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Music on the Brain

University+of+Utah++library+students+lounge+for+comfort.+Salt+Lake+City%2C+UT+on+Thursday%2COct.5%2C+2017%0A%0A%28Photo+by+Jose+Remes%2F+Daily+Utah+Chronicle%29
Jose Rems
University of Utah library students lounge for comfort. Salt Lake City, UT on Thursday,Oct.5, 2017 (Photo by Jose Remes/ Daily Utah Chronicle)

At the University of Utah’s Marriott Library, most students pop in headphones before sitting down to focus on homework. Does music help students study effectively? While opinions vary, some U researchers believe it does.

U psychology professors and researchers David Sanbonmatsu and David Strayer have been working together to study the abilities of the human attention span, specifically focusing on driving and how phone use affects driving ability. Their area of expertise is not music, but because of their work and credentials, they were willing to share their thoughts on the subject.

“I can speculate that listening to music isn’t terribly distracting,” Sanbonmatsu said. “It depends on the type of music [the person is] listening to, but it’s not likely to impair the task in the same way other distractions might. It also can be a benefit, providing background noise to drown other noises out. I hypothesize that it can also help put a person in the right kind of mood to study.”

Listening to one’s favorite music or songs with a lot of words and/or activity may be distracting because the brain is engaging more with the music and less with the task at hand. Sanbonmatsu emphasized that although most people believe they are highly skilled at multitasking, the vast majority of people aren’t able to engage their minds actively on more than one task at a time.

A study conducted by Stanford University’s psychology department utilized fMRIs to test this idea. The researchers took brain scans of people while listening to music by 18th century composers containing solely instrumentals. The results showed that music activates areas of the brain associated with paying attention, making predictions and memory storage.

The goal of the study was to look at how the brain prioritizes stimulation, but they discovered that classical music actually seems to help the brain organize information. Subjects utilized music to help make sense of the continual flow of inputs generated by the world, which is a process known as event segmentation. The brain separates information into meaningful segments by sampling knowledge about beginnings, endings and boundaries between events. The study revealed that instrumental classical music assisted with this process and allowed subjects to organize information more effectively and efficiently.

In addition to Stanford’s research, several other universities have taken interest in the subject. LearningScientists.org synthesized a series of studies done on using music to help with studying.  According to their analysis, listening to music while studying seems to largely depend on the type of work that the student is trying to do as well as the type of music in the background. If someone is attempting to remember a wide variety of things at the same time or work through multiple problems, music may not be conducive to the work as it adds just one more thing that the brain is processing. It might slow the brain down.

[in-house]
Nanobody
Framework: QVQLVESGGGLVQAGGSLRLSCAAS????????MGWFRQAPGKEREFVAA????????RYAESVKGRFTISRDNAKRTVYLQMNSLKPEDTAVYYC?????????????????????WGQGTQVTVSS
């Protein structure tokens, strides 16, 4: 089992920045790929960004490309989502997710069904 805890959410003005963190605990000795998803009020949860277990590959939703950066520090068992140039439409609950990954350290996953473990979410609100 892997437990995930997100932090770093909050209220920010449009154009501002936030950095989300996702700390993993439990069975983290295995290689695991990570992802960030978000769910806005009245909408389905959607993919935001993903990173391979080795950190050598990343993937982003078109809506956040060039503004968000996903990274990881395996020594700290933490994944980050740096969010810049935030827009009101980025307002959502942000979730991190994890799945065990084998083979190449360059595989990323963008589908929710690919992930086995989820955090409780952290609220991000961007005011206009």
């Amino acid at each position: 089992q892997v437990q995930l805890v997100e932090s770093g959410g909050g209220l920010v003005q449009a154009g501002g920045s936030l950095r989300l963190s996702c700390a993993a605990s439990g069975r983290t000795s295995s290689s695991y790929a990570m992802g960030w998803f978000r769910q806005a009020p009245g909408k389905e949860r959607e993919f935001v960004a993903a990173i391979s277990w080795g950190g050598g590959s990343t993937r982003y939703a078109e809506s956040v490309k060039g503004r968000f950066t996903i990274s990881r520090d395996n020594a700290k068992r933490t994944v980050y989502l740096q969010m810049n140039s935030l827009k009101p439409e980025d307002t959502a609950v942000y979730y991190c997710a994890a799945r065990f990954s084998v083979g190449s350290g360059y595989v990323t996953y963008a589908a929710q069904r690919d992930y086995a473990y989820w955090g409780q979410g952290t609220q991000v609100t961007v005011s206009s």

“People who are impulsive and are highly sensation-seeking tend to be more easily distracted and less able to keep their minds on the single task at hand,” Sanbonmatsu added.

In other words, the way that music affects the brain varies by person.

“Your brain power is limited,” explained David Strayer in a recent lecture to an outdoor education course. “If you’re interacting with a stimulus, you’re doing that instead of doing something else.”

That said, music may also help easily distracted people by drowning out other sounds. The prefrontal cortex can be overtaxed by the modern environment, which is full of beeps, buzzes and flashing lights, so drowning out other stimuli may prove beneficial.

“Our attention is either voluntary or involuntary,” Strayer added. “Voluntary attention is conscious and takes effort. It utilizes the prefrontal cortex and causes a lot of mental depletion and fatigue. Involuntary attention is moving and animate. It captures your attention but doesn’t have clear edges.”

Soft, calmer music containing no words tends to involve involuntary attention more than voluntary, and therefore won’t engage the voluntary attention which should be focused on the task at hand. More exciting music can cause more of an impact.

Further, music heavily activates the right side of the brain and may promote creativity and innovation. Many people report enhanced productivity and quality of work when listening to music while writing, drawing or brainstorming.

“Music helps me sometimes, usually only with math or science,” said Mateuzs Gdánksi, who studies parks, recreation and tourism. “Last year I pulled an all-nighter before a final and the music I played definitely helped. I was listening to a rhythmic, fast-paced techno genre.”

David Payne, a chemical engineering student, also only listens to music selectively.

“Music does not usually help me study,” Payne said. “I listen to classical songs because there’s no rhythm and I don’t really care about it, so it’s not distracting.”

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